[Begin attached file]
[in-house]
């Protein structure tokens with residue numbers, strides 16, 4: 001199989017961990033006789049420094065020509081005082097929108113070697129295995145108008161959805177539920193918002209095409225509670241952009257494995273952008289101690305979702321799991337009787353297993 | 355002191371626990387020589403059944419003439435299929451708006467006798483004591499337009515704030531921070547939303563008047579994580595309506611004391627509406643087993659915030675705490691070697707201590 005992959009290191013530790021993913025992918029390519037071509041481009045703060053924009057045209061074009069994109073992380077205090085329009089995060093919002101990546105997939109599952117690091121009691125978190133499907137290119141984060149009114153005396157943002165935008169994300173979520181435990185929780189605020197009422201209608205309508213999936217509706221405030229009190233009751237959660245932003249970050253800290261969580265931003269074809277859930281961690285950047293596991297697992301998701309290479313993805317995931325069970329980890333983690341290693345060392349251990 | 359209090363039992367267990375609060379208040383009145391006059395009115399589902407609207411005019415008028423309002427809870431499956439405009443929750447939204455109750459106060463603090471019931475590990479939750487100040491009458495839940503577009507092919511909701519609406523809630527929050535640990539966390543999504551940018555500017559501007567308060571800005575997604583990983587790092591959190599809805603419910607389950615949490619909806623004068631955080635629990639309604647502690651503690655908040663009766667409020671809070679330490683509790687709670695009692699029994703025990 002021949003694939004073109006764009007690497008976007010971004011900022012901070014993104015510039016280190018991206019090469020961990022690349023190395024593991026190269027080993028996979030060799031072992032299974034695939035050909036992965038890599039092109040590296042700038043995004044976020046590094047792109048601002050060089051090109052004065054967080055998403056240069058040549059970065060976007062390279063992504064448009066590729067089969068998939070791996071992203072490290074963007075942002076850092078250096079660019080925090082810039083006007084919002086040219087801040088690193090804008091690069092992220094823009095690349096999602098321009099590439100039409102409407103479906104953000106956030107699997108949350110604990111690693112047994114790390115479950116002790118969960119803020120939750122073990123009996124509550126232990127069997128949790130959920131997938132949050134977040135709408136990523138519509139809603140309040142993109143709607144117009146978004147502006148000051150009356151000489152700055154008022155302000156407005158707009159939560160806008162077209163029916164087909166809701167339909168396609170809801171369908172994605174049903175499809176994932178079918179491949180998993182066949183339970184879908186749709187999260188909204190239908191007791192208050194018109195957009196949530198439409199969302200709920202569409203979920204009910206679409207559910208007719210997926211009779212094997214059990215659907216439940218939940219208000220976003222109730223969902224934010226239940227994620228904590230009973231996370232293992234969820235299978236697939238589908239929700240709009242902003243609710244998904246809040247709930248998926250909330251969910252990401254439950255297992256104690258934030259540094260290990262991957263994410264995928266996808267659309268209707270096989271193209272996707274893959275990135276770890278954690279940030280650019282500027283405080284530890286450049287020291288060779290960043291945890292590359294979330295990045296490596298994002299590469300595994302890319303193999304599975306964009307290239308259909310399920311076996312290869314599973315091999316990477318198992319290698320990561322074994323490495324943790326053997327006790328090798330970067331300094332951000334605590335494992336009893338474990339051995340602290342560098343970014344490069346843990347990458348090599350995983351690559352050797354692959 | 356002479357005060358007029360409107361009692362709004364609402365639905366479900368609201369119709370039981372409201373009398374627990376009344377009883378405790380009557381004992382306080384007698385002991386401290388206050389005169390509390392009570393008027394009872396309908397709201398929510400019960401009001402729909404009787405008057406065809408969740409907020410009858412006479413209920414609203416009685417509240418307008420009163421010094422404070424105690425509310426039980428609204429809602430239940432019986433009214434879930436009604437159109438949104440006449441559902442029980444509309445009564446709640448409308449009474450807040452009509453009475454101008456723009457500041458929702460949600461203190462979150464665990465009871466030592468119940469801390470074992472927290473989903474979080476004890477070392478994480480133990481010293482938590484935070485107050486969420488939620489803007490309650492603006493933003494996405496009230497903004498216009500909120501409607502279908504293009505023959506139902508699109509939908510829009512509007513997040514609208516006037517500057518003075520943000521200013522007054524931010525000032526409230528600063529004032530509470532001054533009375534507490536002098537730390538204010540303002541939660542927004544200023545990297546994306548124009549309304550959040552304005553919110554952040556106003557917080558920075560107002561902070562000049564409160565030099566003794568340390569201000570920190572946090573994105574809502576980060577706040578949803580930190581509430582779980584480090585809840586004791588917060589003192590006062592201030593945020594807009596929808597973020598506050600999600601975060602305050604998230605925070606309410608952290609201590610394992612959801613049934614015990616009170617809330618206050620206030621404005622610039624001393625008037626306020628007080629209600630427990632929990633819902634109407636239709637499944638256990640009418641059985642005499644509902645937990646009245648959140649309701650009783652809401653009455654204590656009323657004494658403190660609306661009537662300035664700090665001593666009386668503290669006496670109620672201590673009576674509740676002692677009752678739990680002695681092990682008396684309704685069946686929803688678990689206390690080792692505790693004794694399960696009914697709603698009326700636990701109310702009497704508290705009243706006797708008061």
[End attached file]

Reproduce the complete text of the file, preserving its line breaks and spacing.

[in-house]
């Protein structure tokens with residue numbers, strides 16, 4: 001199989017961990033006789049420094065020509081005082097929108113070697129295995145108008161959805177539920193918002209095409225509670241952009257494995273952008289101690305979702321799991337009787353297993 | 355002191371626990387020589403059944419003439435299929451708006467006798483004591499337009515704030531921070547939303563008047579994580595309506611004391627509406643087993659915030675705490691070697707201590 005992959009290191013530790021993913025992918029390519037071509041481009045703060053924009057045209061074009069994109073992380077205090085329009089995060093919002101990546105997939109599952117690091121009691125978190133499907137290119141984060149009114153005396157943002165935008169994300173979520181435990185929780189605020197009422201209608205309508213999936217509706221405030229009190233009751237959660245932003249970050253800290261969580265931003269074809277859930281961690285950047293596991297697992301998701309290479313993805317995931325069970329980890333983690341290693345060392349251990 | 359209090363039992367267990375609060379208040383009145391006059395009115399589902407609207411005019415008028423309002427809870431499956439405009443929750447939204455109750459106060463603090471019931475590990479939750487100040491009458495839940503577009507092919511909701519609406523809630527929050535640990539966390543999504551940018555500017559501007567308060571800005575997604583990983587790092591959190599809805603419910607389950615949490619909806623004068631955080635629990639309604647502690651503690655908040663009766667409020671809070679330490683509790687709670695009692699029994703025990 002021949003694939004073109006764009007690497008976007010971004011900022012901070014993104015510039016280190018991206019090469020961990022690349023190395024593991026190269027080993028996979030060799031072992032299974034695939035050909036992965038890599039092109040590296042700038043995004044976020046590094047792109048601002050060089051090109052004065054967080055998403056240069058040549059970065060976007062390279063992504064448009066590729067089969068998939070791996071992203072490290074963007075942002076850092078250096079660019080925090082810039083006007084919002086040219087801040088690193090804008091690069092992220094823009095690349096999602098321009099590439100039409102409407103479906104953000106956030107699997108949350110604990111690693112047994114790390115479950116002790118969960119803020120939750122073990123009996124509550126232990127069997128949790130959920131997938132949050134977040135709408136990523138519509139809603140309040142993109143709607144117009146978004147502006148000051150009356151000489152700055154008022155302000156407005158707009159939560160806008162077209163029916164087909166809701167339909168396609170809801171369908172994605174049903175499809176994932178079918179491949180998993182066949183339970184879908186749709187999260188909204190239908191007791192208050194018109195957009196949530198439409199969302200709920202569409203979920204009910206679409207559910208007719210997926211009779212094997214059990215659907216439940218939940219208000220976003222109730223969902224934010226239940227994620228904590230009973231996370232293992234969820235299978236697939238589908239929700240709009242902003243609710244998904246809040247709930248998926250909330251969910252990401254439950255297992256104690258934030259540094260290990262991957263994410264995928266996808267659309268209707270096989271193209272996707274893959275990135276770890278954690279940030280650019282500027283405080284530890286450049287020291288060779290960043291945890292590359294979330295990045296490596298994002299590469300595994302890319303193999304599975306964009307290239308259909310399920311076996312290869314599973315091999316990477318198992319290698320990561322074994323490495324943790326053997327006790328090798330970067331300094332951000334605590335494992336009893338474990339051995340602290342560098343970014344490069346843990347990458348090599350995983351690559352050797354692959 | 356002479357005060358007029360409107361009692362709004364609402365639905366479900368609201369119709370039981372409201373009398374627990376009344377009883378405790380009557381004992382306080384007698385002991386401290388206050389005169390509390392009570393008027394009872396309908397709201398929510400019960401009001402729909404009787405008057406065809408969740409907020410009858412006479413209920414609203416009685417509240418307008420009163421010094422404070424105690425509310426039980428609204429809602430239940432019986433009214434879930436009604437159109438949104440006449441559902442029980444509309445009564446709640448409308449009474450807040452009509453009475454101008456723009457500041458929702460949600461203190462979150464665990465009871466030592468119940469801390470074992472927290473989903474979080476004890477070392478994480480133990481010293482938590484935070485107050486969420488939620489803007490309650492603006493933003494996405496009230497903004498216009500909120501409607502279908504293009505023959506139902508699109509939908510829009512509007513997040514609208516006037517500057518003075520943000521200013522007054524931010525000032526409230528600063529004032530509470532001054533009375534507490536002098537730390538204010540303002541939660542927004544200023545990297546994306548124009549309304550959040552304005553919110554952040556106003557917080558920075560107002561902070562000049564409160565030099566003794568340390569201000570920190572946090573994105574809502576980060577706040578949803580930190581509430582779980584480090585809840586004791588917060589003192590006062592201030593945020594807009596929808597973020598506050600999600601975060602305050604998230605925070606309410608952290609201590610394992612959801613049934614015990616009170617809330618206050620206030621404005622610039624001393625008037626306020628007080629209600630427990632929990633819902634109407636239709637499944638256990640009418641059985642005499644509902645937990646009245648959140649309701650009783652809401653009455654204590656009323657004494658403190660609306661009537662300035664700090665001593666009386668503290669006496670109620672201590673009576674509740676002692677009752678739990680002695681092990682008396684309704685069946686929803688678990689206390690080792692505790693004794694399960696009914697709603698009326700636990701109310702009497704508290705009243706006797708008061």